Unicode is an encoding of characters, and it is the first encoding that really takes the trouble of defining what a character is.
Let's be frank: computer specialists are not in the habit of worrying about philosophical issues ("who am I?", "what comes after death?", "what is a character?"). But that issue arose quite naturally in Unicode when the Asian languages were touched upon. Unicode purports to be an encoding based on principles, and one of these principles is precisely the fact that it contains characters exclusively. This fact forces us to give serious consideration to the question of what constitutes a character and what does not.
We can compare the relationship between characters and glyphs to the relationship between signifier and signified in linguistics. After all, Ferdinand de Saussure, the founder of linguistics, said himself: "Whether I write in black or white, in incised characters or in relief, with a pen or a chisel—none of that is of any importance for the meaning" [310, p. 118]. What he called "meaning" corresponds very well to what we intend to call "character", namely, the meaning that the author of the document wished to impart by means of the glyph that he used.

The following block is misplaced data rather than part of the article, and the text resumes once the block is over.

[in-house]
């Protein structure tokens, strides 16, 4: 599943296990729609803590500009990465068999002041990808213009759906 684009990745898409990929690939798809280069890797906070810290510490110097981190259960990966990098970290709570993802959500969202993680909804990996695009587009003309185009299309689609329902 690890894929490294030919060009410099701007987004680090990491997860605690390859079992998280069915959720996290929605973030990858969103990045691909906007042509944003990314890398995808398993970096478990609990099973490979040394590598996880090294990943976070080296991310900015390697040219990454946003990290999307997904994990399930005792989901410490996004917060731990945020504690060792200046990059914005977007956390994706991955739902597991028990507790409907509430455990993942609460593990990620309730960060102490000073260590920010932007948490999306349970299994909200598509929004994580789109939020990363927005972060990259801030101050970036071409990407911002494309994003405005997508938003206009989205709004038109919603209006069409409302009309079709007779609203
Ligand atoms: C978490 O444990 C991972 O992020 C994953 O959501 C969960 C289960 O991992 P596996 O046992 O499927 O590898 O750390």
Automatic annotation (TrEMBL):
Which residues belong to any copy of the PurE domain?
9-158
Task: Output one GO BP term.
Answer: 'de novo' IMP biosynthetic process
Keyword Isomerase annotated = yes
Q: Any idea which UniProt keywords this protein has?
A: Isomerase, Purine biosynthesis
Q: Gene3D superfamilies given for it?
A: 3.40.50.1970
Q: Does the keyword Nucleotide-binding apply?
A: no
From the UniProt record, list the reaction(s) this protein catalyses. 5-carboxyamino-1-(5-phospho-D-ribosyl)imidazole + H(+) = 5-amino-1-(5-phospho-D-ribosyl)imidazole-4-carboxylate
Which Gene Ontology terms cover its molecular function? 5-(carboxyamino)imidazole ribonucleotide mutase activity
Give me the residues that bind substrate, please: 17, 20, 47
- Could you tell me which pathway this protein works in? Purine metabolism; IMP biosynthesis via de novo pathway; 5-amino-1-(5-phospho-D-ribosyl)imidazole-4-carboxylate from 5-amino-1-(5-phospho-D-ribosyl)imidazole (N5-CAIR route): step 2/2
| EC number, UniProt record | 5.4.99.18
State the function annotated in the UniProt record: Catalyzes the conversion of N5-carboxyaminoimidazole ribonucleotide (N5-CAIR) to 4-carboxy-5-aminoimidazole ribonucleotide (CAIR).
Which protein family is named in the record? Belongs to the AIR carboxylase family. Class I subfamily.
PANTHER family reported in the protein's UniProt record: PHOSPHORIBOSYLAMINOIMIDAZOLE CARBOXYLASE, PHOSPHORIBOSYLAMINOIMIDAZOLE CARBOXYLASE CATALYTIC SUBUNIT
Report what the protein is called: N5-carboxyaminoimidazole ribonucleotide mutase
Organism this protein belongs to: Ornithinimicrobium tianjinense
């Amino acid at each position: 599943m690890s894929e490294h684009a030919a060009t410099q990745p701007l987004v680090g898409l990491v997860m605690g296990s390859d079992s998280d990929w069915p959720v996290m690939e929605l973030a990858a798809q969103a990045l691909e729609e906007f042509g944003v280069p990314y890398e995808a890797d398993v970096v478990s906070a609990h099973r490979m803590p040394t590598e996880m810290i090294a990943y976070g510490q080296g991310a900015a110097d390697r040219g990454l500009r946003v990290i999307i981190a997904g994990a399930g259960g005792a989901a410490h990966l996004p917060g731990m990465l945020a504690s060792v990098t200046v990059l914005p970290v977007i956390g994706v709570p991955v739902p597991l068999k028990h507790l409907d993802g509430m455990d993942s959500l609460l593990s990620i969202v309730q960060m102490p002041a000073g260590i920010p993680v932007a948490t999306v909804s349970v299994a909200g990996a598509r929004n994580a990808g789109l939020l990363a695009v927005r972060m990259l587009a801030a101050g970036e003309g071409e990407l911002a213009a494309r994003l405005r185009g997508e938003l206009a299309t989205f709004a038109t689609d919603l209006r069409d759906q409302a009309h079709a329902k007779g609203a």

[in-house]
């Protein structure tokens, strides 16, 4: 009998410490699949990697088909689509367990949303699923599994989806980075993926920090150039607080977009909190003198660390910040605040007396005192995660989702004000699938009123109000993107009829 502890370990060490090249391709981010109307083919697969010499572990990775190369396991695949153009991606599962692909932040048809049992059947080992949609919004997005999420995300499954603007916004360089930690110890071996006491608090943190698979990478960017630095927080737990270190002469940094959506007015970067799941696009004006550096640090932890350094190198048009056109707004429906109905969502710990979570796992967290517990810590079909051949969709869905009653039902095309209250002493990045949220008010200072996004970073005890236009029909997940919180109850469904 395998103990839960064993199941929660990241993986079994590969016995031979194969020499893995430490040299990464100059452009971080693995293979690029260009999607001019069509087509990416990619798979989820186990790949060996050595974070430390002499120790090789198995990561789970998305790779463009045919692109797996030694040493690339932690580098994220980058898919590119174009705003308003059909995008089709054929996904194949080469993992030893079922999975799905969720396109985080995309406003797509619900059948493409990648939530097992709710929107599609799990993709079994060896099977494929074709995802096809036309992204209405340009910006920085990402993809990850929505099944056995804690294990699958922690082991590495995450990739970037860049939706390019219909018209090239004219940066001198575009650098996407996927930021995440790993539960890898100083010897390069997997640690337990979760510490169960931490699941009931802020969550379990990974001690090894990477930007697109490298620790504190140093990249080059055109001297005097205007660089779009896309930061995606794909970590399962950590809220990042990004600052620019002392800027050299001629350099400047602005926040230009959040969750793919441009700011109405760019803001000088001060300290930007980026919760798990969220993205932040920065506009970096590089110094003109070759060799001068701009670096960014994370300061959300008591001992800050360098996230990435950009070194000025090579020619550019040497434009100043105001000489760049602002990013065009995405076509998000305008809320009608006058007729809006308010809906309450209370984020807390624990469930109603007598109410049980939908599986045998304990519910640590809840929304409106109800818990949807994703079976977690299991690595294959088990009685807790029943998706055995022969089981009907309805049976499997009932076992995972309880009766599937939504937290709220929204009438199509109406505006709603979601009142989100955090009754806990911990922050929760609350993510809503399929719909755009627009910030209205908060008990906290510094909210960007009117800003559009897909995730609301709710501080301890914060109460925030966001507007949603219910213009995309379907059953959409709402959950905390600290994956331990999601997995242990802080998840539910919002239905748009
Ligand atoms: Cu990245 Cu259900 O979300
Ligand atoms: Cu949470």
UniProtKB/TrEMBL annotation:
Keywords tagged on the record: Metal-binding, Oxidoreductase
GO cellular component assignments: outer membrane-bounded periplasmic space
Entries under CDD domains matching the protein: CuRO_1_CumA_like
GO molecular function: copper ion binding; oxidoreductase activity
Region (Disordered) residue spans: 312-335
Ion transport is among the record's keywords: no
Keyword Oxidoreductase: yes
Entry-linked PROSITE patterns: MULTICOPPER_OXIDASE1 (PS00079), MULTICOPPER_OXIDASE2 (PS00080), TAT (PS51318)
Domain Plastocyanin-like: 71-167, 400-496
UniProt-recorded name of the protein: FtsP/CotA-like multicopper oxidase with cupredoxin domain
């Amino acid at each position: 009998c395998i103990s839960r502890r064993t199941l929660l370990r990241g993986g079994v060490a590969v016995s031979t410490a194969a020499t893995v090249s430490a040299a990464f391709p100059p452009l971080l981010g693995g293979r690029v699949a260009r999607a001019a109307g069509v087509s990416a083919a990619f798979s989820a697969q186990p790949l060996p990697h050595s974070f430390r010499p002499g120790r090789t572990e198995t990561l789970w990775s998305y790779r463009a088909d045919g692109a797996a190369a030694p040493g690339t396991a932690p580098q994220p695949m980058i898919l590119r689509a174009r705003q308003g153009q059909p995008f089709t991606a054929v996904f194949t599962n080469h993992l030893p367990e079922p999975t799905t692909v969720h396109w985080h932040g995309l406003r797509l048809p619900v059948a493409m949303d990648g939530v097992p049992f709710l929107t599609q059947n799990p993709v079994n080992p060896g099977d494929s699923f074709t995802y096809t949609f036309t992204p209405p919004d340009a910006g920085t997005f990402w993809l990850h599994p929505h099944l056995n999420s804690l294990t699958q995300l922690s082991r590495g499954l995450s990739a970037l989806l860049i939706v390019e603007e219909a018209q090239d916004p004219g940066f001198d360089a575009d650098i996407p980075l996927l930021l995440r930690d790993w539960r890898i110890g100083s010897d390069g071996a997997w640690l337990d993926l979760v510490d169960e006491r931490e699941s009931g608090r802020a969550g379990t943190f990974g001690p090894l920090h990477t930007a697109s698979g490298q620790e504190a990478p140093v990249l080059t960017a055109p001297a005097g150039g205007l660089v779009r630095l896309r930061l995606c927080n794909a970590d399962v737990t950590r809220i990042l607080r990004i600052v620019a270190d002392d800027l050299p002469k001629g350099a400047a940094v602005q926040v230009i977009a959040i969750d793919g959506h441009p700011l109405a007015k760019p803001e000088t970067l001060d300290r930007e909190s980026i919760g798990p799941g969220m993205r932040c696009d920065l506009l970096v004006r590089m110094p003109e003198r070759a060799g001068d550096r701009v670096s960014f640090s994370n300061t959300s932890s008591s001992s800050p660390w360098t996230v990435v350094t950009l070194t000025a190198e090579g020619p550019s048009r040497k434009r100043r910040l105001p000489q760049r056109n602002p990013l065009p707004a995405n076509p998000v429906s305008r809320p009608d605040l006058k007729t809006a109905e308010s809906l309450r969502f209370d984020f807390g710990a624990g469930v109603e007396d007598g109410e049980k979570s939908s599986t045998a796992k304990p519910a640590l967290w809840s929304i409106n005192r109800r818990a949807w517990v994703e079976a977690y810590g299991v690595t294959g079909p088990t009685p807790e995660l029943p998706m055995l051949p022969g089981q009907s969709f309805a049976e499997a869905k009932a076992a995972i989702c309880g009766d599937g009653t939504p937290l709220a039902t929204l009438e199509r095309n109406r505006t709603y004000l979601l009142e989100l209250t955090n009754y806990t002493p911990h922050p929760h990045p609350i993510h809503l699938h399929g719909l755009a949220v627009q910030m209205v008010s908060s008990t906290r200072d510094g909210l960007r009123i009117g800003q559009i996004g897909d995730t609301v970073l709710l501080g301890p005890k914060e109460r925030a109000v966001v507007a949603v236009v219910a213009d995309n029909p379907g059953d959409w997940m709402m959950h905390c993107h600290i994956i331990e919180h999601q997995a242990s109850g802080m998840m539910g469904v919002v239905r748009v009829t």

But things are a bit more complicated than that: there are characters with no glyphs, glyphs that can correspond to a number of different characters according to context, glyphs that correspond to multiple characters at the same time (with weightings ...